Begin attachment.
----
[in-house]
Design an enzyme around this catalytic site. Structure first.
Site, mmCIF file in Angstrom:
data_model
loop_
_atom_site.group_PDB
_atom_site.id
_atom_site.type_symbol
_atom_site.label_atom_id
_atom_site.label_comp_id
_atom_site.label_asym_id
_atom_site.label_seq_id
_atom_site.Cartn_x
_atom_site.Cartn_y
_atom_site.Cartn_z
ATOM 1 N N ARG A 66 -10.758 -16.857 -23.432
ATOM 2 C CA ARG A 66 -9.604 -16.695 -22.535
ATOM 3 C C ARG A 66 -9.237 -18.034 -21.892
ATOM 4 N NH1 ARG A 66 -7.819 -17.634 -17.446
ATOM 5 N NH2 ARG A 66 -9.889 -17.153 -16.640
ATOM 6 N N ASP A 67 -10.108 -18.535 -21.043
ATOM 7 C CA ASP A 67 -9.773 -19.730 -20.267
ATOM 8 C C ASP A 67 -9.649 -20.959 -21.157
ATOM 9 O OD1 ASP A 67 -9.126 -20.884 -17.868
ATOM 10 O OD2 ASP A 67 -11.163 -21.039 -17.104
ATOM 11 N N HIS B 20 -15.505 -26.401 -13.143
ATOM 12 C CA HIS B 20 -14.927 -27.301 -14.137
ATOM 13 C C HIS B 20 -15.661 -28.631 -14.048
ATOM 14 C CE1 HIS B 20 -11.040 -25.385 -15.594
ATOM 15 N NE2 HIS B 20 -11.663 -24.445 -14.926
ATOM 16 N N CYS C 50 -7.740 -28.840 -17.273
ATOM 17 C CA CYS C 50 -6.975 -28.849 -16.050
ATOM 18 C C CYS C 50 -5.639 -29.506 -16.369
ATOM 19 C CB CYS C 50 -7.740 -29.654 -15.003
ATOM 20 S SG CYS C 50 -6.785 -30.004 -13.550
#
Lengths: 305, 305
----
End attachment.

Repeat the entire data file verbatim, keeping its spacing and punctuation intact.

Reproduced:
[in-house]
Design an enzyme around this catalytic site. Structure first.
Site, mmCIF file in Angstrom:
data_model
loop_
_atom_site.group_PDB
_atom_site.id
_atom_site.type_symbol
_atom_site.label_atom_id
_atom_site.label_comp_id
_atom_site.label_asym_id
_atom_site.label_seq_id
_atom_site.Cartn_x
_atom_site.Cartn_y
_atom_site.Cartn_z
ATOM 1 N N ARG A 66 -10.758 -16.857 -23.432
ATOM 2 C CA ARG A 66 -9.604 -16.695 -22.535
ATOM 3 C C ARG A 66 -9.237 -18.034 -21.892
ATOM 4 N NH1 ARG A 66 -7.819 -17.634 -17.446
ATOM 5 N NH2 ARG A 66 -9.889 -17.153 -16.640
ATOM 6 N N ASP A 67 -10.108 -18.535 -21.043
ATOM 7 C CA ASP A 67 -9.773 -19.730 -20.267
ATOM 8 C C ASP A 67 -9.649 -20.959 -21.157
ATOM 9 O OD1 ASP A 67 -9.126 -20.884 -17.868
ATOM 10 O OD2 ASP A 67 -11.163 -21.039 -17.104
ATOM 11 N N HIS B 20 -15.505 -26.401 -13.143
ATOM 12 C CA HIS B 20 -14.927 -27.301 -14.137
ATOM 13 C C HIS B 20 -15.661 -28.631 -14.048
ATOM 14 C CE1 HIS B 20 -11.040 -25.385 -15.594
ATOM 15 N NE2 HIS B 20 -11.663 -24.445 -14.926
ATOM 16 N N CYS C 50 -7.740 -28.840 -17.273
ATOM 17 C CA CYS C 50 -6.975 -28.849 -16.050
ATOM 18 C C CYS C 50 -5.639 -29.506 -16.369
ATOM 19 C CB CYS C 50 -7.740 -29.654 -15.003
ATOM 20 S SG CYS C 50 -6.785 -30.004 -13.550
#
Lengths: 305, 305